Under-eye circles are common as you age, since skin elasticity weakens and it loses collagen. However, according to the Mayo Clinic, dark circles under the eyes can occur at any age, in both women and men. When preventive measures fail, there are different over-the-counter products you can utilize to help minimize and prevent the dark circles. There are also surgical options available for persistent eye circles.
Dark circles under the eyes occur when you lack sleep. However, persistent dark circles are likely related to aging or even an underlying health condition. The Mayo Clinic reports that causes range from thinning skin, eczema, too much sun exposure, smoking, drinking and irregularities in skin pigmentation. Hay fever is another common cause of dark circles under the eyes. According to Medline Plus, pollen from grasses, trees and weeds can cause this and other allergy symptoms. Under-eye circles related to allergies are also called "shiners."
A concealer can cover up occasional dark circles. The Mayo Clinic explains that a peach-colored concealer works best against the bluish color that dark circles have. There are medicated concealers available over-the-counter. However, the Mayo Clinic reports that glycolic acid and salicylic acid are contained in some products, which can worsen dark circles. Other companies sell solutions to help relieve puffiness associated with dark under-eye circles. An example is Mary Kay's Time-Wise Targeted Action Eye Revitalizer.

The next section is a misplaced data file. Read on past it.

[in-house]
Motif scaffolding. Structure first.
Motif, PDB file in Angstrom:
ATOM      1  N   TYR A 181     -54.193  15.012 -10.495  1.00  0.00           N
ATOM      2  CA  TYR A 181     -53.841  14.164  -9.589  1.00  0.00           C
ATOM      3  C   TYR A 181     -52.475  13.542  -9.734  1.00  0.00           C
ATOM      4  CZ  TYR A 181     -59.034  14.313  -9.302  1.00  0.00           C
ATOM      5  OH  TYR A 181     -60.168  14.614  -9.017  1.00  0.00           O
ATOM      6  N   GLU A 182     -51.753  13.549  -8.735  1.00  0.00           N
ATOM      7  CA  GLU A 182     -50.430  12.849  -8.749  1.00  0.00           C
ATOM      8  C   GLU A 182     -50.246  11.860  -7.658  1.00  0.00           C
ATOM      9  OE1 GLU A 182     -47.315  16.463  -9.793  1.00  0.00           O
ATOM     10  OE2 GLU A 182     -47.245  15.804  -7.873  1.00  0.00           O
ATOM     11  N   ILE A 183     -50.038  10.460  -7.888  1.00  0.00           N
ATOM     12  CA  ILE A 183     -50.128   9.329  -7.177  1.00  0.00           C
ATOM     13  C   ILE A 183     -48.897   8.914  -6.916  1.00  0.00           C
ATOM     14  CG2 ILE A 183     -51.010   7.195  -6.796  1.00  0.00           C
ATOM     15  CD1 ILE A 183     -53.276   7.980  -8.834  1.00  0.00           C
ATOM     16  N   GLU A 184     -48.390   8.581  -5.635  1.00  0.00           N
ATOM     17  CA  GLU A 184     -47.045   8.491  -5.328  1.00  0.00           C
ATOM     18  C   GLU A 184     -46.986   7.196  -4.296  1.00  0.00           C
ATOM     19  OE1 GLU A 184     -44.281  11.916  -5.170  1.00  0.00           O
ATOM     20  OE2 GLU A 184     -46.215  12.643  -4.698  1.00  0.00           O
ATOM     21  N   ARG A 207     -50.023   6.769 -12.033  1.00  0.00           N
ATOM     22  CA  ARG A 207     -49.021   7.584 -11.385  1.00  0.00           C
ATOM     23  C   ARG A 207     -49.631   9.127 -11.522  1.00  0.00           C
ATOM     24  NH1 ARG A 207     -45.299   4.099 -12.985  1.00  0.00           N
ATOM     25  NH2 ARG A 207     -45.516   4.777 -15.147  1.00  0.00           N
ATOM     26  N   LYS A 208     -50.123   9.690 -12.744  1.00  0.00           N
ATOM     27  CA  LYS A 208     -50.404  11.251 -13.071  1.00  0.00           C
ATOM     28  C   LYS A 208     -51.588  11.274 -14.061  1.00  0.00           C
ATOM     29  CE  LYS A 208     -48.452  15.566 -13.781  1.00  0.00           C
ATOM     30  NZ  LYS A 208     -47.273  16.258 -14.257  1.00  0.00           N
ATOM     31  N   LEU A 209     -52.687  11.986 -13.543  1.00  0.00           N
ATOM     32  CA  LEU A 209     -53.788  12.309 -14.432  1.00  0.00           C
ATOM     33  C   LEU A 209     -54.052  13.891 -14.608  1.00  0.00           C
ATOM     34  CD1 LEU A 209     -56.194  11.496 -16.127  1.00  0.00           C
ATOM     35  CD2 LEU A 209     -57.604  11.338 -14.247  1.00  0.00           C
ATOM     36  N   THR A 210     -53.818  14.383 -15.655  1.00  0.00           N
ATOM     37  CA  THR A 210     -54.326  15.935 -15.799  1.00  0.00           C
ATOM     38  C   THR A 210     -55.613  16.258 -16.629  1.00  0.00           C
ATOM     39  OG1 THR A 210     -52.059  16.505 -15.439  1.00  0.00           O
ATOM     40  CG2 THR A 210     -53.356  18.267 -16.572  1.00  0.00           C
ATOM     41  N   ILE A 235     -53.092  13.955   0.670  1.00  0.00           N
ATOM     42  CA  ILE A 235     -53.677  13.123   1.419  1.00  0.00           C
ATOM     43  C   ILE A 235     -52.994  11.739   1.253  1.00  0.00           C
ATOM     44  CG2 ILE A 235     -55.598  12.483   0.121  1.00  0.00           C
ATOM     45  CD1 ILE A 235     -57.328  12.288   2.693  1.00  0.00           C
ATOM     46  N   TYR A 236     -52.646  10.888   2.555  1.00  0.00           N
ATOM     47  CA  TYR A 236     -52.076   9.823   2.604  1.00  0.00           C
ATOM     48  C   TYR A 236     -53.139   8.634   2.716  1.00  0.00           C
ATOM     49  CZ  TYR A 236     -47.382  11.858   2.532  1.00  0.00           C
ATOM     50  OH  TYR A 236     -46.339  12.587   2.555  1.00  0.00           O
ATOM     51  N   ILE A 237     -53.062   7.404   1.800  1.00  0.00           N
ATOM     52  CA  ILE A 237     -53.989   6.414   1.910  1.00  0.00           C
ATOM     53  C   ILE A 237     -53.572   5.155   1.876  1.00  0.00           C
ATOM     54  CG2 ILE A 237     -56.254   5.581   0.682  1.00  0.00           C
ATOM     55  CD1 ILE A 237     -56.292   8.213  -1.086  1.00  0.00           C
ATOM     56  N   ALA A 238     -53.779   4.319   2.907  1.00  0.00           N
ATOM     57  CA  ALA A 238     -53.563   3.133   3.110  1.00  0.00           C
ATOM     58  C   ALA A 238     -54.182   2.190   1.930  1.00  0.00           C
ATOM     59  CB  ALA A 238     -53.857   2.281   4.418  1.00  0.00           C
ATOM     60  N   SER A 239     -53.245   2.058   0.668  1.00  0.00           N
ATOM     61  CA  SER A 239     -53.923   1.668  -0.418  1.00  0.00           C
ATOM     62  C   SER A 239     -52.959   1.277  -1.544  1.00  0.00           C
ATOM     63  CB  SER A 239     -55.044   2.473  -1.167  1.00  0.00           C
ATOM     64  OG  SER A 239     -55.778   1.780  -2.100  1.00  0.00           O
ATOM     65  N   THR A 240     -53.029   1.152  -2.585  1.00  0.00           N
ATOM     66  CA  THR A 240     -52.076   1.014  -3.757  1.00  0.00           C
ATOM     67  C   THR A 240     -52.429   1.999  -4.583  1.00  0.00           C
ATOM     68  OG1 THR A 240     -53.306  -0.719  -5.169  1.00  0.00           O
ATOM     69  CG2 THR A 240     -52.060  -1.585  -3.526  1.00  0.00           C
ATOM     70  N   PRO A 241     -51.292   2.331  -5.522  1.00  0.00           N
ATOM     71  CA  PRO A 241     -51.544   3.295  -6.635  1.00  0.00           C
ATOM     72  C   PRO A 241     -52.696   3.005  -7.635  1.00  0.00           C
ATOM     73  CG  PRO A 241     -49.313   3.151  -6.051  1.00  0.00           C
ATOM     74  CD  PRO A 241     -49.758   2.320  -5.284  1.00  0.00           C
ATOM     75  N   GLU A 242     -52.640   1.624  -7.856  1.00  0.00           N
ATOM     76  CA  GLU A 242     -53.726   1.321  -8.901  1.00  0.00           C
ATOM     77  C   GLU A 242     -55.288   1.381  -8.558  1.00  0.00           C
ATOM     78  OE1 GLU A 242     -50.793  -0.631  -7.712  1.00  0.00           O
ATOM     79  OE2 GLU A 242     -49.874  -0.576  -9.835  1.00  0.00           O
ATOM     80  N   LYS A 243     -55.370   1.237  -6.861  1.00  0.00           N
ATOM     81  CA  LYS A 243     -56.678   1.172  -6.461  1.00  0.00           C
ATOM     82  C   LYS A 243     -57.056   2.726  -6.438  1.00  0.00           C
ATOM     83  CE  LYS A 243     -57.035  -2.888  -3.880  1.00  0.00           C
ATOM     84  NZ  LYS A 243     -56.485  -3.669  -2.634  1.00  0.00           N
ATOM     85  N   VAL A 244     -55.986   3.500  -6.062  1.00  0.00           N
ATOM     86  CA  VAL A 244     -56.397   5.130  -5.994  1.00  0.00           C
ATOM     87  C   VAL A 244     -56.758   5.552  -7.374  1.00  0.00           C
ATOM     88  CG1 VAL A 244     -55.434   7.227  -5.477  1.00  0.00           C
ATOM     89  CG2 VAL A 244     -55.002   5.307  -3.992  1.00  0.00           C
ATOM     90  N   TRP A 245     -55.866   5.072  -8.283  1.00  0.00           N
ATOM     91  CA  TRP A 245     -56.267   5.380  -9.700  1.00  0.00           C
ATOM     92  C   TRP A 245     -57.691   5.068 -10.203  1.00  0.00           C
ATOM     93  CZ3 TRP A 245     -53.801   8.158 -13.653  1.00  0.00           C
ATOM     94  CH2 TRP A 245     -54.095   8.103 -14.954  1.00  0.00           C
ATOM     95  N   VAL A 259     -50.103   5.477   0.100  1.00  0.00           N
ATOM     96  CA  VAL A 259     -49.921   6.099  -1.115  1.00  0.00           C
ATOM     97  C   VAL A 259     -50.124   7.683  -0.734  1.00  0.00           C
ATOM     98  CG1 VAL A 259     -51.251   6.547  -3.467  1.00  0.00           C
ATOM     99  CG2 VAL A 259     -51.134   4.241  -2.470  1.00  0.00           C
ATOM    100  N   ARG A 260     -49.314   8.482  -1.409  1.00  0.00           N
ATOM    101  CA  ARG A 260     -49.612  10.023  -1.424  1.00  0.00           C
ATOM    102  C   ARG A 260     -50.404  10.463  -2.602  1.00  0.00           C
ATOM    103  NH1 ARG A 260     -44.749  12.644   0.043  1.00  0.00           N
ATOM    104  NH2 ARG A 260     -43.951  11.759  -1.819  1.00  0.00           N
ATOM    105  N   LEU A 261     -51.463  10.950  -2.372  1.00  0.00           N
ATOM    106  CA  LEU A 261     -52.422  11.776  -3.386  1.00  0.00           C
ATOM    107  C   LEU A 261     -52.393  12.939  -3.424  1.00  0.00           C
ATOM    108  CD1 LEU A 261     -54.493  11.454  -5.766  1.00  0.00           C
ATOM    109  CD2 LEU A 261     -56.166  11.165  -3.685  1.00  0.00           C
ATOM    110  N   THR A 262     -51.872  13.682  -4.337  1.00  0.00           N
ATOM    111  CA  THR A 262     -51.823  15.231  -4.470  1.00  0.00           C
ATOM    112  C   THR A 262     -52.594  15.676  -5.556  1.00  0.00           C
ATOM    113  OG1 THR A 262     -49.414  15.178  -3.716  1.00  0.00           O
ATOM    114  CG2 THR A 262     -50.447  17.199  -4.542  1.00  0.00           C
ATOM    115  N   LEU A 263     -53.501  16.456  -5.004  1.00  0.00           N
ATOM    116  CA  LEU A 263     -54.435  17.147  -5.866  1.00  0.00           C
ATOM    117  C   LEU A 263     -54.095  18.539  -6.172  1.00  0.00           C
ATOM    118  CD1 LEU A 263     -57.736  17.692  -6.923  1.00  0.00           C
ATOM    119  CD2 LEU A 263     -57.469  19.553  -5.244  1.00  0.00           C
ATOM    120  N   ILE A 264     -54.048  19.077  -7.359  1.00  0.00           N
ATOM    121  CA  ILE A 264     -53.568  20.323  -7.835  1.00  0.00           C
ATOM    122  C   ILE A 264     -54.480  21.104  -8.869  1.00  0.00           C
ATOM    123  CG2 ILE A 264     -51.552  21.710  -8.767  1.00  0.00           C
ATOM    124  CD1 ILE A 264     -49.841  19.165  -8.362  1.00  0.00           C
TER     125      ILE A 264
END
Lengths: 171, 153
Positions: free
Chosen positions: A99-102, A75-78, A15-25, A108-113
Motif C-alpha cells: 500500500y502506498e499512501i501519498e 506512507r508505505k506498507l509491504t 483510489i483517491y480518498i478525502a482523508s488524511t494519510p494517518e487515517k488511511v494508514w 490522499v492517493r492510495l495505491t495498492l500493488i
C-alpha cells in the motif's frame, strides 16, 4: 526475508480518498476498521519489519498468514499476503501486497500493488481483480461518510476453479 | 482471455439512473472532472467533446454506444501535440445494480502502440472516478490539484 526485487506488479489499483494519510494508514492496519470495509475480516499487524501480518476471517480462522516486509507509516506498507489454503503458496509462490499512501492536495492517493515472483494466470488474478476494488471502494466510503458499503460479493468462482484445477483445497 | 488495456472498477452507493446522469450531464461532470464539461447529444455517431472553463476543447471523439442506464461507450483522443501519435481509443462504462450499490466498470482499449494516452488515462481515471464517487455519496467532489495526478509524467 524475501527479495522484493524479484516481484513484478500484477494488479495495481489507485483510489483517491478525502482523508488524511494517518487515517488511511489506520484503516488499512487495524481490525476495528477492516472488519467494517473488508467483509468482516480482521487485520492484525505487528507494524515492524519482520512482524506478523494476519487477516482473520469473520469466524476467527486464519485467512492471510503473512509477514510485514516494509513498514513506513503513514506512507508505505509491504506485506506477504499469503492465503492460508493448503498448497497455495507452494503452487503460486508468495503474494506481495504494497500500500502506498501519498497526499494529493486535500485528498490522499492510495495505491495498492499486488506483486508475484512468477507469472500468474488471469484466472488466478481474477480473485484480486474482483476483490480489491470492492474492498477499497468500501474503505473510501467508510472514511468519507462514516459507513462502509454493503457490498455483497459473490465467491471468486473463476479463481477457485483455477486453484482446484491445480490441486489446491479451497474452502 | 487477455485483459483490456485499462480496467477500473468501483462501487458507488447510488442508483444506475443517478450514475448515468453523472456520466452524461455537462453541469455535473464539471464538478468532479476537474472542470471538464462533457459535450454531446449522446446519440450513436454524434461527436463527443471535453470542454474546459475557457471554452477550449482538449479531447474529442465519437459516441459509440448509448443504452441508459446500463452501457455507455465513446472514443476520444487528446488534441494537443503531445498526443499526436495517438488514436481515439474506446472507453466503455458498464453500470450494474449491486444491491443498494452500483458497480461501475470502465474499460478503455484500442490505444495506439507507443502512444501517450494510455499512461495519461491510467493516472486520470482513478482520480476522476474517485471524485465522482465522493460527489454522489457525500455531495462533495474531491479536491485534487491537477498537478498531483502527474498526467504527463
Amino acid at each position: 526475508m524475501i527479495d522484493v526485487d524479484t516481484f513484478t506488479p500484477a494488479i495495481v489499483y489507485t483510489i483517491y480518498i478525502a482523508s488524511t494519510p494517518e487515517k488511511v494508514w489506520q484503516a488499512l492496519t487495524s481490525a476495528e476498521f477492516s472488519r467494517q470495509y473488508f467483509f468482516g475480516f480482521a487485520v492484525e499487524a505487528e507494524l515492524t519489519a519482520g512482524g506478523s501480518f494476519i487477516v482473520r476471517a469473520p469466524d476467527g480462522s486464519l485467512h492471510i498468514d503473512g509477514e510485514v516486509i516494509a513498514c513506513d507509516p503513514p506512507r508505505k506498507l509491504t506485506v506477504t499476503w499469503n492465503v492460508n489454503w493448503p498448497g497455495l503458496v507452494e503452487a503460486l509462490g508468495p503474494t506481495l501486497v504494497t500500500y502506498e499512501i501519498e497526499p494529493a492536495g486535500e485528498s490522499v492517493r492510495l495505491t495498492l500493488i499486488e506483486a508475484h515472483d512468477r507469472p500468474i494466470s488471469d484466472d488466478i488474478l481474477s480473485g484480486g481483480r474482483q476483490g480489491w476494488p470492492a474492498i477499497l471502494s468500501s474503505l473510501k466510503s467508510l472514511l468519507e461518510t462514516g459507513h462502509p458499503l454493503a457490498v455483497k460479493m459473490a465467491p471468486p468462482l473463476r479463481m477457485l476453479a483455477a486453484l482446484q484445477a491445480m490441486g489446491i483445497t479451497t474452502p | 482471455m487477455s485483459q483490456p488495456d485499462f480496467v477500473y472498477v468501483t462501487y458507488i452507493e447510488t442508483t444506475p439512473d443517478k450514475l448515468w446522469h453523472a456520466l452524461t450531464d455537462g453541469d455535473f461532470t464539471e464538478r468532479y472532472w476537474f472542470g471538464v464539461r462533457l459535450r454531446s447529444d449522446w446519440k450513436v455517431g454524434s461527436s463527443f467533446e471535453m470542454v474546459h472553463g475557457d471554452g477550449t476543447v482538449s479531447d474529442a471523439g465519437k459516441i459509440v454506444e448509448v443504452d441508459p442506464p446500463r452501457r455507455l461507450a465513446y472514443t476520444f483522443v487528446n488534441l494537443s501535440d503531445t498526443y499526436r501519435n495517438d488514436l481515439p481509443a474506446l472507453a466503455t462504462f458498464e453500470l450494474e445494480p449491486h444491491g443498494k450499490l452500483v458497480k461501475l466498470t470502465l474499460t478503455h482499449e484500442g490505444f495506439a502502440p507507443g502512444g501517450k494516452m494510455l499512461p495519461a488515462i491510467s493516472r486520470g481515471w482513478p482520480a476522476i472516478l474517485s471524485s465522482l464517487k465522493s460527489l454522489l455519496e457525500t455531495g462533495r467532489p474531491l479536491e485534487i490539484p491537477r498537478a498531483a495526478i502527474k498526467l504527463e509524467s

Dark circles that are related to hay fever can be alleviated by taking allergy medications. Dark under-eye circles from allergies are a result of sinus problems. Medline Plus explains that nasal sprays can help relive hay fever symptoms. Also, saline sprays and nasal rinses can help remove pollen trapped in the sinuses. For long-term pollen allergy control, Medline Plus recommends allergy shots. Over time, allergy control can help prevent allergic shiners.
According to the Mayo Clinic, a dermatologist can prescribe a soothing cream to help fade under-eye circles. Such products contain vitamin E and vitamin K. You may consider a medical procedure for persistent under-eye circles that fail to disappear with other forms of treatment. Doc Shop explains that available treatments include collagen injections, chemical peels, dermal fillers and laser resurfacing. However, the Mayo Clinic cautions that such procedures are not guaranteed to work.
Although dark under-eye circles are often hereditary and occur as you age, there are a few steps you can take to prevent their appearance. Doc Shop recommends that you wear sunscreen and sunglasses whenever you are outside. Do not skip on sleep and ensure that you eat a diet rich in iron. Drink water throughout the day. Excessive amounts of caffeinated drinks can also cause under-eye circles, according to the Mayo Clinic.